History

Who: Arlet, Rori, Akanyth, Inaskashath
When: Month 3, 204 AT
Where: Weyrleader’s Office, Fort Weyr
What: Arlet will not run away.


It has been some time since letters had been exchanged and gifts given, Rori’s guilt and shame keeping her far from Arlet and the situation at Fort. It’s only when rumors continue to circulate at Honshu about the hardship Fort’s Weyrleader must be having as the last female Weyrleader to be allowed (with the ban on browns flying golds a clear line drawn) and so Rori and Inaskashath break into Fort’s skies with the excuse of checking on the dragons of Inaskashath’s lineage. It’s only after a check on the weyrlings and their progress, and a pleasant lunch with the weyrwomen of Fort, that Rori finally finds herself waiting outside of the offices of the Weyrleader. Without Inaskashath at her side for comfort, Rori hugs her arms to her and tries not to fidget with the dress she’s worn for the occasion too much. She knocks briefly on the door and waits for Arlet to call her in.

When Inaskashath arrives at Fort, Akanyth does little but watch her. There’s not a word from his mind to hers, and though his focus is primarily on the flirtations of /his/ queen – soon to be someone else’s, if the Council has its way – he keeps a proverbial eye and ear out for Honshu’s junior, if only for his rider’s sake. It gives Arlet enough warning and enough time to try and prepare herself to see Rori again, the weight of the threat to her leadership and eight months of pregnancy resting heavy on her, her features now more angular than they should be. She’s tried to busy herself with some paperwork, too distracted to make a good job of it, and when she hears the knock at the door she starts, her focus snapping up from the documents. Still, it takes her half a minute or so to call, “Come in,” and manage to keep her voice steady.

Rori steels herself by squaring her shoulders, lifting her chin, and trying to look professional as she steps inside Fort’s Weyrleader’s office. She waivers in her call to arms when she takes a look at Arlet, seeing the telltale signs of stress upon her frame. She’s not a nervous girl anymore, she takes her assessment in stride as she closes the door firmly behind her and locks it. She turns, steeling nerves shifting into an assertive air as she walks across the office and right up to Arlet. She lets the desk remain a barrier to them but her assertiveness is not without compassion. “You should come home,” she tells her, “I know Akanyth and you have reasons to stay here. But these people have not treated you well. This… bullshit of not allowing browns to chase is demeaning and cruel with you so clearly in charge and having been a fit Weyrleader here //despite// your lack of years to have trained for such a position.” She clenches and unclenches her fist in a grip of fabric of her dress. “We may not be able to salvage what was… between us before. But I will offer you my home and I will help you with your baby. Leave these people.” Inaskashath’s ripple of frustration and barely contained disgust moves out amongst the dragon’s at Fort before she is reigned in by Rori.

Arlet’s gaze darts to the door’s lock with something akin to fear, her attention fixed there for more than a moment before she can look up at Rori, remaining seated to her standing. “We can’t leave,” she insists, folding her arms atop the desk. “If I run away, that’s what will be remembered. In history. That a woman was Weyrleader and she ran. It will do all women who hope to be recognised as men’s equals a disservice.” She exhales sharply, focus straying as she glances down at her desk and more quietly admits, “It’s too late now, anyway. I can’t go Between.” She lifts her hands, lacing her fingers together to rest her chin upon them. “If Akanyth chases, then he chases. If he wins, he wins. I will not be cowed by some nonsense decree from people who want to put me – put /us/ – in our place. It’s me now, but how long until they go after your Nala? How long until they go after /you/? All queenriders? Queens may rule, but you are outnumbered. I will not be the one to put that in motion.”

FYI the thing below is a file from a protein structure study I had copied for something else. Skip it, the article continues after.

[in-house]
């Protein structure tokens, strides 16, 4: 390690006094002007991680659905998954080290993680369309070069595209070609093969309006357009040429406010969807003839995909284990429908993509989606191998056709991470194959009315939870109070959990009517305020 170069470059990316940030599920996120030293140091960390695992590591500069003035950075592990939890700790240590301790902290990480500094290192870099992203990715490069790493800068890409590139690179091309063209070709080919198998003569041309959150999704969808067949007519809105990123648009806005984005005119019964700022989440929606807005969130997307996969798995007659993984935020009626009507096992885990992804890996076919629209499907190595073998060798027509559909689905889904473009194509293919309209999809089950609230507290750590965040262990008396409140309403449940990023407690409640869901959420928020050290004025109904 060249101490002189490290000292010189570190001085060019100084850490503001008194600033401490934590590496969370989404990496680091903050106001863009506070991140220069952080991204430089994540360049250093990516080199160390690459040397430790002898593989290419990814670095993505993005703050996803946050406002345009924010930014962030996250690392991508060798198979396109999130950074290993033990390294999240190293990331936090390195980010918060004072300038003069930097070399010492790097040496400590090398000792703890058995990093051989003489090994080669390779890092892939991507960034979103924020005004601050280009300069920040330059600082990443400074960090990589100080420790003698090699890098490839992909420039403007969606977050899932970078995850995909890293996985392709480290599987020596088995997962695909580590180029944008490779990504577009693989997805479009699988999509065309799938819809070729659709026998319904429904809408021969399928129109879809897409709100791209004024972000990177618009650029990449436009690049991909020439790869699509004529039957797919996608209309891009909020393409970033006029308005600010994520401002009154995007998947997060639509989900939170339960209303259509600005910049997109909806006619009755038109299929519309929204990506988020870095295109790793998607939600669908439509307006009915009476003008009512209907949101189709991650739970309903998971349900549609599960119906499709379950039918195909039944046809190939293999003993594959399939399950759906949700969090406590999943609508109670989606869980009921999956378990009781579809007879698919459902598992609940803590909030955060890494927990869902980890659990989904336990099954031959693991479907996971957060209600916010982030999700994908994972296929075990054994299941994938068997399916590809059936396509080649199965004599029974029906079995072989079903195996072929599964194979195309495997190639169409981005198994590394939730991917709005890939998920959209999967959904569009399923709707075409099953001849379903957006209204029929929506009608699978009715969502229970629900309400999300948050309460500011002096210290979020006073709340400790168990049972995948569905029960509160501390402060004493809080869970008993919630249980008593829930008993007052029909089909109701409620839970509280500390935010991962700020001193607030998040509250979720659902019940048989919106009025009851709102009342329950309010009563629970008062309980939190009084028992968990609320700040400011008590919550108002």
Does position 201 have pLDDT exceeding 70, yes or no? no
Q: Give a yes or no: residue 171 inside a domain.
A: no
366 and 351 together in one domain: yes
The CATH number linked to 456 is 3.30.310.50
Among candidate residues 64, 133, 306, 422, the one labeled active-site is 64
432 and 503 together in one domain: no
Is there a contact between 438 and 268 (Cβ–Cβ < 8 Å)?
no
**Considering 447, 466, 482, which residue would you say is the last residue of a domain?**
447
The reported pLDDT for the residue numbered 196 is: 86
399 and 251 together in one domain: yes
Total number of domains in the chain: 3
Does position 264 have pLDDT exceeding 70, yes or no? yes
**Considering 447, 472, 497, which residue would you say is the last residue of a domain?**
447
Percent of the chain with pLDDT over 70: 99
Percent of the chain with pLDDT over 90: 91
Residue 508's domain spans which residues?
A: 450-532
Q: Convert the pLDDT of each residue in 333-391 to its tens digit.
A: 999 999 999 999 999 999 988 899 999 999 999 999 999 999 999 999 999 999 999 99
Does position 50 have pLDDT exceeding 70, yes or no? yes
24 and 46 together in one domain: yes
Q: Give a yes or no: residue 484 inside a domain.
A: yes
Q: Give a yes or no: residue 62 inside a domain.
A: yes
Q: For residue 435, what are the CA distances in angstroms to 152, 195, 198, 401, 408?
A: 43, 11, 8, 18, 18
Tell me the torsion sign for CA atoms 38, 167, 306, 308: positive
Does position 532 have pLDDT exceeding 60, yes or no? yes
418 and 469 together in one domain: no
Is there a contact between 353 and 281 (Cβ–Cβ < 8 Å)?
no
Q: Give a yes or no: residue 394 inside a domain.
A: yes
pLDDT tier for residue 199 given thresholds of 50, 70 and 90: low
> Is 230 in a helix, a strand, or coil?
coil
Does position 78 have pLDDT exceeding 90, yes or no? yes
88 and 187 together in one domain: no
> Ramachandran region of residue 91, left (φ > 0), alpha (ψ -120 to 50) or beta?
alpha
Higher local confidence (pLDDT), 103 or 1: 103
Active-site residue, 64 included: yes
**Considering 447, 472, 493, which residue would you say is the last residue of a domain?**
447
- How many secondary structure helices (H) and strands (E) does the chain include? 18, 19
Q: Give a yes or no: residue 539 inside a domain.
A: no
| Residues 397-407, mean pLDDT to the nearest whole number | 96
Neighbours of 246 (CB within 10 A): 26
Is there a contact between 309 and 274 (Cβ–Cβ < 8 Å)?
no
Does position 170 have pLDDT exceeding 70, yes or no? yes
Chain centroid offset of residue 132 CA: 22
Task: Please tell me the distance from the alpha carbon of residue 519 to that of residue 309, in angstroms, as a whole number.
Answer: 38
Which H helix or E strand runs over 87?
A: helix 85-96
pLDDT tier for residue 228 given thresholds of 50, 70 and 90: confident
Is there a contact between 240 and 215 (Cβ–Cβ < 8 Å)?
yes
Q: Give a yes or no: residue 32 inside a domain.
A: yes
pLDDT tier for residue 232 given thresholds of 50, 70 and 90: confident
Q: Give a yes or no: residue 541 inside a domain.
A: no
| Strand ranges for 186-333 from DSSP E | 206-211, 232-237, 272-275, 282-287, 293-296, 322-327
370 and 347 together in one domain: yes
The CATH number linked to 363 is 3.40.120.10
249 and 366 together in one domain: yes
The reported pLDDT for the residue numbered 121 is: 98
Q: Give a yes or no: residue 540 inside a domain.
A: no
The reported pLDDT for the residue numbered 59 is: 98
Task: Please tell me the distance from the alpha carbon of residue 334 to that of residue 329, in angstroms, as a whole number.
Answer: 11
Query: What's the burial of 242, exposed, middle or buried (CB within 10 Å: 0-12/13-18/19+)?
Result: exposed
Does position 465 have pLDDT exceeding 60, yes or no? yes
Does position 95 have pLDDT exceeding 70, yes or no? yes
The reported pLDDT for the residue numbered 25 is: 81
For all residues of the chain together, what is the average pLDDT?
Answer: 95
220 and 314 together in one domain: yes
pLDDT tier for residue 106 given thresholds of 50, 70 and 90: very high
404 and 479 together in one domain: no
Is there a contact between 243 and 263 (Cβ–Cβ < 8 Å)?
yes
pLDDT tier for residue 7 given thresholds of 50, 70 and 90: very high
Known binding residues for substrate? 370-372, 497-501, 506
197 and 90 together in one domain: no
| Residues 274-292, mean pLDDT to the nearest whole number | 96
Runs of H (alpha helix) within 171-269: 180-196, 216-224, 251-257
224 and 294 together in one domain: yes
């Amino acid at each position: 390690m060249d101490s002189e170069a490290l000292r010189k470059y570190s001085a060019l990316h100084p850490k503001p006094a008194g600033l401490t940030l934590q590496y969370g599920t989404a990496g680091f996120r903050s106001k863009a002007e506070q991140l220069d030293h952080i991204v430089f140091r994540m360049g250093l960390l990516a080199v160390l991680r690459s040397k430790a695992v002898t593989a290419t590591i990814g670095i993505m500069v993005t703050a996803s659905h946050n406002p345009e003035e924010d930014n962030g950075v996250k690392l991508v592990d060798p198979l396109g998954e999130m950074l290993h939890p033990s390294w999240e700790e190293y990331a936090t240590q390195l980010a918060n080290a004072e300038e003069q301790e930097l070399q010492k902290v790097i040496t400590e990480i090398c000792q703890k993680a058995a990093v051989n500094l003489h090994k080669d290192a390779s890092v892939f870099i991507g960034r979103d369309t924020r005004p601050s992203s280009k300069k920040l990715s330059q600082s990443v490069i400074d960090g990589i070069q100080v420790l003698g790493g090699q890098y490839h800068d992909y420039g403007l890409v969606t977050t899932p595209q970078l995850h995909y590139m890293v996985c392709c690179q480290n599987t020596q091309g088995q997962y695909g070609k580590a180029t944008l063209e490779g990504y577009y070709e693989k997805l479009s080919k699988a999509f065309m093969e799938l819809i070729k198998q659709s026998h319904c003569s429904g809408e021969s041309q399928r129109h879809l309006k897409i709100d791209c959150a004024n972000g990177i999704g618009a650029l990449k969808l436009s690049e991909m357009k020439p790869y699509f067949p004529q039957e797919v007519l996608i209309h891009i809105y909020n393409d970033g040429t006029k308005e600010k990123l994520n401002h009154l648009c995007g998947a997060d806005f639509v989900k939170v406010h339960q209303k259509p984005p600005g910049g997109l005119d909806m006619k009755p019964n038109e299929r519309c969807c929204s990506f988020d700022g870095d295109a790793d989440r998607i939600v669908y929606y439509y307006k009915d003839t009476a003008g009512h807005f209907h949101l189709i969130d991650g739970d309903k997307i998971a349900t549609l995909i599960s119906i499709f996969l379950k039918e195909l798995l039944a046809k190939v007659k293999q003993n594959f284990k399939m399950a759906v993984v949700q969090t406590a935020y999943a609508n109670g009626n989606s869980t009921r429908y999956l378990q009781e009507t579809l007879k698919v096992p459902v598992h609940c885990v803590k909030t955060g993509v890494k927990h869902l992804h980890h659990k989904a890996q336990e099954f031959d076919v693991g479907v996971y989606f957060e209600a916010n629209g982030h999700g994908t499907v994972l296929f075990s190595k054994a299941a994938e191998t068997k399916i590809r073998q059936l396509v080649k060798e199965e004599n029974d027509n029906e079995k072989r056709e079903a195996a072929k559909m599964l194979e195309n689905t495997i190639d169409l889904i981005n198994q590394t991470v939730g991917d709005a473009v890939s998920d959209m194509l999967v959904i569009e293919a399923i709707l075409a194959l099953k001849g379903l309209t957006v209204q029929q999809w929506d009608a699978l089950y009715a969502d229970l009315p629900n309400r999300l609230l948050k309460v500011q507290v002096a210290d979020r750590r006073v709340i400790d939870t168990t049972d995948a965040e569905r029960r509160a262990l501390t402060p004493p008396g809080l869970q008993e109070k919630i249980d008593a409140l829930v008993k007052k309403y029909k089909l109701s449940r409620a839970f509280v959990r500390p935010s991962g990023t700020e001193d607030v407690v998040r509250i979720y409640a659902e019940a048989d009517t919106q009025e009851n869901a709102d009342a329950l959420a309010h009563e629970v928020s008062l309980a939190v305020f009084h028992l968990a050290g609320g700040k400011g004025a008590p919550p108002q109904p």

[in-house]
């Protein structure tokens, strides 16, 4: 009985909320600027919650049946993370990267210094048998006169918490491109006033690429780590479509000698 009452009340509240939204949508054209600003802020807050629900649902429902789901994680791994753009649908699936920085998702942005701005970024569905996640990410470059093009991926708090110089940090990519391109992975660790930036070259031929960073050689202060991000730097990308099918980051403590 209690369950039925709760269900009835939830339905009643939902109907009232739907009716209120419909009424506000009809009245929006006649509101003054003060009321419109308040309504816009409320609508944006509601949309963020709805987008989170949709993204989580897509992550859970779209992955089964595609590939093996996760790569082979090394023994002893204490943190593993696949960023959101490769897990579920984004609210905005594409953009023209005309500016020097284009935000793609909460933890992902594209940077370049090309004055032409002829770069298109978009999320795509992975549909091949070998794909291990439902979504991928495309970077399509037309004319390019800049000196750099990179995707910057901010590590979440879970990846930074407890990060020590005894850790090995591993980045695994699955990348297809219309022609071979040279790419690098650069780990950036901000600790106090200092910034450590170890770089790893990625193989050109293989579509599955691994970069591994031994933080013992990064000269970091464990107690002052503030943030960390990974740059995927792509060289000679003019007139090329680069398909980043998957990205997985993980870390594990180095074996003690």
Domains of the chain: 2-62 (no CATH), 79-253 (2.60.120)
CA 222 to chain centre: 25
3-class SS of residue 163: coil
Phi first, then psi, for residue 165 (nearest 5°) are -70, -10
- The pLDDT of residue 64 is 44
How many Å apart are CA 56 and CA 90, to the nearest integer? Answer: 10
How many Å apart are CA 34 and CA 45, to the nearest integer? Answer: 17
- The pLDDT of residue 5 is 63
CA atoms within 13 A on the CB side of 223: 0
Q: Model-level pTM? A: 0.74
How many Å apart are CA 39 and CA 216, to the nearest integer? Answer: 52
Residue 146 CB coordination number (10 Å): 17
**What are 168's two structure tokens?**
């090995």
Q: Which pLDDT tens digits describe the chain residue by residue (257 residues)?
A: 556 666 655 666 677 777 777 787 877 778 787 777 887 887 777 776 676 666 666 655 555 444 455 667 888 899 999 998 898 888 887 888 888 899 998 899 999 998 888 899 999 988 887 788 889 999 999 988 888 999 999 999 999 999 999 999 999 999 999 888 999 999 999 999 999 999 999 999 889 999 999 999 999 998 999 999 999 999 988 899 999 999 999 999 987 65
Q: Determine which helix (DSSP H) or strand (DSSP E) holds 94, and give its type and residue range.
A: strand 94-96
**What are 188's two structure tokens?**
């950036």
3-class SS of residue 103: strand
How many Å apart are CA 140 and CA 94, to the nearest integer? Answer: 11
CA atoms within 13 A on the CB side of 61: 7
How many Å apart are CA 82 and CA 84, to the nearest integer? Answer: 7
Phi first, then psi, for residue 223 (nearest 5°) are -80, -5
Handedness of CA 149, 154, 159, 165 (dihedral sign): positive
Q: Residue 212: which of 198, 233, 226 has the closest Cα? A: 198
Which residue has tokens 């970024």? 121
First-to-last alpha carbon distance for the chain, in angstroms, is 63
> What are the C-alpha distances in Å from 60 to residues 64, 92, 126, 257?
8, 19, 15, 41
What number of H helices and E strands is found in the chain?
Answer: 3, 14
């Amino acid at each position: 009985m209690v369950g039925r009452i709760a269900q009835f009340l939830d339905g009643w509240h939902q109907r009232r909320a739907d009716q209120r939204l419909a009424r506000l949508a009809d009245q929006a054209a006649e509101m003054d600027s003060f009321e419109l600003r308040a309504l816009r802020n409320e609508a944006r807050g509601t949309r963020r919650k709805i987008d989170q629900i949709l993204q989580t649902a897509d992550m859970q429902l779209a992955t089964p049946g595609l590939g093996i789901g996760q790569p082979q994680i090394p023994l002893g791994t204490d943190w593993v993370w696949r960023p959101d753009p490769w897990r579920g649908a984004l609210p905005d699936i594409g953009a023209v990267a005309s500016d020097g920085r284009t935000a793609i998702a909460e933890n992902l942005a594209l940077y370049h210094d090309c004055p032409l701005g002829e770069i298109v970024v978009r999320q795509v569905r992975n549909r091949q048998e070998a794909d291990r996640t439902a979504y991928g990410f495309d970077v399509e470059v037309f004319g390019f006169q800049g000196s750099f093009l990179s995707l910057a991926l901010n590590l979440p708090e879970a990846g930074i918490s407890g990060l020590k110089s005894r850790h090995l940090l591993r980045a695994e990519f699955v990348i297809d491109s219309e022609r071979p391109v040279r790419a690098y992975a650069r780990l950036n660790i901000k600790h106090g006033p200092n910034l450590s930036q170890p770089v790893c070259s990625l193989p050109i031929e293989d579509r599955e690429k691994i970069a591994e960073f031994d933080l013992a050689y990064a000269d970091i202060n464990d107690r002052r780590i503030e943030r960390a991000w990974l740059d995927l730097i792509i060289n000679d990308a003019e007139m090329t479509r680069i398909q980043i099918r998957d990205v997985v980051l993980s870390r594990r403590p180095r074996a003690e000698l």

Rori is quiet in the wake of Arlet’s words, letting them settle around her even as her eyes grow distant and she battles further with Inaskashath’s fury over Arlet’s truths. Her ripples are still there, flickers of droplets, against the minds of Fort’s dragons before she snarls defiance and takes to the skies to disappear up into the clouds. A blink and Rori is back, fully present, in the room. “Do you have any allies here?” she asks, bypassing the naming of Nala, and the ‘others’ Arlet feels the need to pave the way for. “You should not be the only one to face this burden. I will ask O’rlen and Aerishani to allow browns – and blues – to fly Inaskashath. If we can’t change the North… we can make sure we change the south.” She pauses, knowing the safety in talking politics, but she shifts the attention to the real reason she came. “Are you… happy?”

Inaskashath’s fury finally prompts Akanyth to communicate, his, << Be mindful, >> full of the brush of black feathers and creak of encroaching branches; not a reprimand, but a warning against what undercurrents she may not sense and what of her the Fortian dragons may not appreciate. “My mother and her husband have declared their own Hold. We see Kyramith here sometimes, even if she nor my mother will communicate in those instances.” And still, with a shrug, Arlet has to admit, “They’re not of Fort.” If there’s anyone else, she doesn’t name them, not even her Weyroman and the father of her child. “I haven’t been happy since I came here,” she says bluntly. “My happiness isn’t relevant. There’s more at stake; too much more. You need to go home and be safe and let me deal with this. I don’t hate you or wish you ill, and I’m thankful for everything that you sent. I got myself into this and I’ll get myself out. Or I won’t.” Glancing back down at her desk, she murmurs, “…If you at all love me like you said, you’ll go home and live your life. I’m not what you need, but I can be what other brownriders need by not giving in.”